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Monday, April 19, 2010

Patriot's Day

In honor of Patriot's Day we are re-running an article written a while back by The Commish. Take a few minutes to soak it in...

Written October 20, 2009

Last week, I attended a funeral in Exeter, NH. My cousin’s husband died in Afghanistan serving our country. He was 30 yrs old and left behind his wife, Megan, and their 2 yr old daughter, Kensington. Not sure about you but I follow the war with one eye and one ear watching or listening to something else. I may hear 5 dead in Iraq on the news and gloss over that information as I plan my next fantasy football trade. But clearly, this one hit close to home. The family gathered in the church with a loss for words, as I sat next to aunts and uncles that I now might see once or twice a year. And while Megan tried to keep it together, moments hit her like a right hook from a heavyweight boxer.

Military personnel was scattered throughout the church. The Governor of New Hampshire, John Lynch, paid his respects, and told my cousin, “Thank you for YOUR sacrifice.” Outside the church, about 10 veterans dressed in their civilian clothes with patches on their jackets that would read "POW – We Will Never Forget" , or "82nd Airborn" , stood in front of the church each holding a 6 foot American flag. At the cemetary, there was the 21 gun salute, the bouquet of flowers decorated like the American flag, and the bugle that played Taps. There was the touching speech by another Staff Sargent, who was stationed in Germany with Josh for 3 years, who was in Afghanistan with Josh when he was killed, and who named his own son after his best friend, Joshua. There was the honor guard who choreographed a presentation of the flag, folded it crisp and clean, handed it to the military service man in charge, who presented it to Megan. Then there was the 2nd flag which was presented to the same service man in charge, who then presented to Joshua and Megan’s daughter Kensington.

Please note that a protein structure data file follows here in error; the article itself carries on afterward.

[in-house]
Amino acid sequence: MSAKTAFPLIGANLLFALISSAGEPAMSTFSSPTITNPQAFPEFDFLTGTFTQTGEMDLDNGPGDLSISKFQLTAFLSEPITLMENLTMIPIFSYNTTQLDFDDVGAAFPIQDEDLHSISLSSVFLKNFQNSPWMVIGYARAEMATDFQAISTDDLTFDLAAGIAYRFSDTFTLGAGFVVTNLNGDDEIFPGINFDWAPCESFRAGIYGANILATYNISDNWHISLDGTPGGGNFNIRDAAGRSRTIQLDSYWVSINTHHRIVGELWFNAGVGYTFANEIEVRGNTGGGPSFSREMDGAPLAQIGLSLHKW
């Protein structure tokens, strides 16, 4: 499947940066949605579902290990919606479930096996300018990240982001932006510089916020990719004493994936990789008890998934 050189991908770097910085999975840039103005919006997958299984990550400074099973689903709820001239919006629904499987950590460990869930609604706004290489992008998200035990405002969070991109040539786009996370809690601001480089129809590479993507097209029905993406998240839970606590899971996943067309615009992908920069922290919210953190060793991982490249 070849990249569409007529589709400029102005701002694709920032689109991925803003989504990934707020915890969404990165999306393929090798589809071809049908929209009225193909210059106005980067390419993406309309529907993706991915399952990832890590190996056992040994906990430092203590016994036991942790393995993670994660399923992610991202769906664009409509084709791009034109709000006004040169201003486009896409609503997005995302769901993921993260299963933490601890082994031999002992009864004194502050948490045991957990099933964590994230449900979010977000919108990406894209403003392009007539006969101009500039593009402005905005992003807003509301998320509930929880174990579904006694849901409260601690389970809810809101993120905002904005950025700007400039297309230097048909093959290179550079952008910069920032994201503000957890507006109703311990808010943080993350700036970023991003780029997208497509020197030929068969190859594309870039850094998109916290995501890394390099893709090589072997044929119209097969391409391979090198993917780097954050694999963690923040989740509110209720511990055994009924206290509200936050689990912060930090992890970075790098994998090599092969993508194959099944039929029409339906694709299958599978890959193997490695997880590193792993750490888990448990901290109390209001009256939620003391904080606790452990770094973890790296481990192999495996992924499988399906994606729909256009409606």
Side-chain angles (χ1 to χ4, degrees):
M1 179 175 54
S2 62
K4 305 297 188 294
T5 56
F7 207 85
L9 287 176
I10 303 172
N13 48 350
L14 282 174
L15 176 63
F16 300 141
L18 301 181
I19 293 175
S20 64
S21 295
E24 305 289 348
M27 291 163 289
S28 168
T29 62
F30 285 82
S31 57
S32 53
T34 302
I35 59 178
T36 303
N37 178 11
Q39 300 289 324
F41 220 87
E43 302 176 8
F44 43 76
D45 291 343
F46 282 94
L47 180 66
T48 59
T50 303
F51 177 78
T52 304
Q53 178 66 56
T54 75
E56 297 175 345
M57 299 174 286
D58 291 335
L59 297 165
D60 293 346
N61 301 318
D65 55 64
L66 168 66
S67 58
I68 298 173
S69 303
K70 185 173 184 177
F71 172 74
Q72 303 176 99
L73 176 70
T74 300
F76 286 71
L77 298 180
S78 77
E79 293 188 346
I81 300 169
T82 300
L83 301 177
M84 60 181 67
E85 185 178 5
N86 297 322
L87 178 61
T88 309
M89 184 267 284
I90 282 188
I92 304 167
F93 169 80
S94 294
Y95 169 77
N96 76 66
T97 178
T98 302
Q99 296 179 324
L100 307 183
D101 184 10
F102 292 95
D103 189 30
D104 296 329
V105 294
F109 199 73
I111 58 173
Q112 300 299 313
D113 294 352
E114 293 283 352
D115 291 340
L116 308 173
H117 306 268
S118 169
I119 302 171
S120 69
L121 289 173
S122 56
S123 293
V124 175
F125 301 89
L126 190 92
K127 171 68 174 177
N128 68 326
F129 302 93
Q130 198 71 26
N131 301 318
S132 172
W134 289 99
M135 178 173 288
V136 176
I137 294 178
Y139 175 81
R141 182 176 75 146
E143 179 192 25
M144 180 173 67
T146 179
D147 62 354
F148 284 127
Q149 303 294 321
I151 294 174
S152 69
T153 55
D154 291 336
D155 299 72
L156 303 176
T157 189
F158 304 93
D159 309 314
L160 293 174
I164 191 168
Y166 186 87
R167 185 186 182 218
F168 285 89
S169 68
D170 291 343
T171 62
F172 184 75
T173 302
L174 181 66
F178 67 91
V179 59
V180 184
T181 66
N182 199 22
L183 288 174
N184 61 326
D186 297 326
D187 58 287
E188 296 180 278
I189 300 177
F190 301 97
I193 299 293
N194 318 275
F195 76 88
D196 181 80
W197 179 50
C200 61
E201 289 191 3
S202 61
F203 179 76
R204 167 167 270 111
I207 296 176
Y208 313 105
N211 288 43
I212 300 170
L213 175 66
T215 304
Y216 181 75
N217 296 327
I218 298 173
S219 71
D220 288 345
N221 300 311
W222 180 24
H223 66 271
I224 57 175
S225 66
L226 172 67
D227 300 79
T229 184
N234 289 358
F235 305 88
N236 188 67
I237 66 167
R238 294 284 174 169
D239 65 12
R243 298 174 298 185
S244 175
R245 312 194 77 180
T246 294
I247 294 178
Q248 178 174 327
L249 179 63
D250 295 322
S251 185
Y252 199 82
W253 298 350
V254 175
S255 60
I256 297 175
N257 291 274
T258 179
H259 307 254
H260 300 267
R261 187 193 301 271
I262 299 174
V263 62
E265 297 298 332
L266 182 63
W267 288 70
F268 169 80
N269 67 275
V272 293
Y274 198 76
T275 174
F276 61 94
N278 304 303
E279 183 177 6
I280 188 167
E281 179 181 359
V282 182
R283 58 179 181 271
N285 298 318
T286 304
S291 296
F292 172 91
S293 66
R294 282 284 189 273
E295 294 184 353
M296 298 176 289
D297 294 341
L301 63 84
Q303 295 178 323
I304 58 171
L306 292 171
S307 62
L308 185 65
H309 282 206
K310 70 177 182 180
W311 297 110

Many watched Kensington be oblivious to the day’s events. She’ll never know her father and will not remember this day. She’ll only have memories from her mother and this flag and medals he valiantly earned.

As I stood at the cemetary, watching many weep uncontrollably, I couldn’t help but appreciate this man and what he represented. I am not a political activist. If I had a conversation with a smart & staunch Republican, that person could convince me that the red states are the right states. That building a wall is the way to go. Those social programs are for the lazy. That this healthcare plan is going to ruin our country. And if I had a conversattion with a smart and staunch Democrat, that person could convince me that the blue states are the way to go. That we need healthcare reform. That we can not abandon the less fortunate.

Call me indecisive and easy to persuade, I don’t really care. But I just thought about how people have the opportunity to believe these things, to argue these points, and to do whatever they want because of people like Joshua Kirk.

I have liberties and opportunities that people in other countries.can not begin to fathom.

In America, soldiers choose to be soldiers. There is no draft. There is no obligation like Israel that forces every man and woman to spend 2 years serving his or her country. Still, it does not prevent me from expressing sympathy, appreciation and sadness for the lost life. I can not just coldly think “well he chose to be a soldier,”or “that’s why we shouldn’t be over there.”

For me, it’s about this hero, his widow and their young child.

I began writing this on Monday (October 18th) – not really knowing where it was going -- but it seemed to come full circle yesterday. On Wednesday (October 21), I had a meeting at the World Financial Center in New York City – I entered an empty conference room on the 7th floor. As we set up and waited for others to arrive – I looked out the window and there it was, right across the street.

The Commish

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